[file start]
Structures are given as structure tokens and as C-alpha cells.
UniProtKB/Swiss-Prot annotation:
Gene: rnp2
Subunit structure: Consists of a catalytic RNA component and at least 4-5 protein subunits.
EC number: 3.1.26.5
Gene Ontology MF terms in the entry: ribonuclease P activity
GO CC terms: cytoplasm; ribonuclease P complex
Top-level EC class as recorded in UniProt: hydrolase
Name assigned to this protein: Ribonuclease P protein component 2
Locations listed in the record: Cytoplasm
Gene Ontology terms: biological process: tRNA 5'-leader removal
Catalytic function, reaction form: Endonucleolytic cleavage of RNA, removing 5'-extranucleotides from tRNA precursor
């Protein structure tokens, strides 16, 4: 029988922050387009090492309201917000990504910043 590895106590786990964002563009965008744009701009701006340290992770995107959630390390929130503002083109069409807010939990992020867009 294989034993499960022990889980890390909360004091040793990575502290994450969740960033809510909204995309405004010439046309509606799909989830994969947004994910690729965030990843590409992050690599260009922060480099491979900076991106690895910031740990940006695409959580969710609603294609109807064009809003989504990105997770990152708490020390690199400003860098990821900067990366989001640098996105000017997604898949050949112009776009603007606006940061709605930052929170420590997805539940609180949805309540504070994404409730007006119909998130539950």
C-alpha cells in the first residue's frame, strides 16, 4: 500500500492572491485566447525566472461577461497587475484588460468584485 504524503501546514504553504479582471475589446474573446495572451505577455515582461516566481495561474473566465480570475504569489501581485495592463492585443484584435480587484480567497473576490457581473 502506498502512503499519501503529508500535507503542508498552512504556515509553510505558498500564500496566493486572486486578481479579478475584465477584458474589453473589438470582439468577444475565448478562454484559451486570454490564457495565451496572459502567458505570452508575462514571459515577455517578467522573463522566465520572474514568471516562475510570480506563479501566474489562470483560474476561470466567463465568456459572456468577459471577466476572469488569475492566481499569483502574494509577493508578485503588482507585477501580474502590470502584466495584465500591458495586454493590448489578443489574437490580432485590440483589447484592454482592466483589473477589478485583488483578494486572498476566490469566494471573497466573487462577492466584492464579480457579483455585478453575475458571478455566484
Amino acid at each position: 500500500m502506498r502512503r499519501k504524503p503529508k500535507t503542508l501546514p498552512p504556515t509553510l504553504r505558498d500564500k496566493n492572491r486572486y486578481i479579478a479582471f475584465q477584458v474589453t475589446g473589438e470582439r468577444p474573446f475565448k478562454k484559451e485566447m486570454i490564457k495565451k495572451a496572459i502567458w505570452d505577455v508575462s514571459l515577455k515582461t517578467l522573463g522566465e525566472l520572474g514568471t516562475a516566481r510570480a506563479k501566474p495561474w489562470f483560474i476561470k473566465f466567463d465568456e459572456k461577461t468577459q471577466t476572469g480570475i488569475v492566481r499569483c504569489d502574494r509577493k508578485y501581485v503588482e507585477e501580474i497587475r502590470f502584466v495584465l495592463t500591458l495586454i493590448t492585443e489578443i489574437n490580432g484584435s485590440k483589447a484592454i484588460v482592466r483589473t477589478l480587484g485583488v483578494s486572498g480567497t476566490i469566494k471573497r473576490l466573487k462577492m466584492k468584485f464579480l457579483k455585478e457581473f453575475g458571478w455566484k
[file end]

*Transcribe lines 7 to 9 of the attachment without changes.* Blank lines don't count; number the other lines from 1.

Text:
GO CC terms: cytoplasm; ribonuclease P complex
Top-level EC class as recorded in UniProt: hydrolase
Name assigned to this protein: Ribonuclease P protein component 2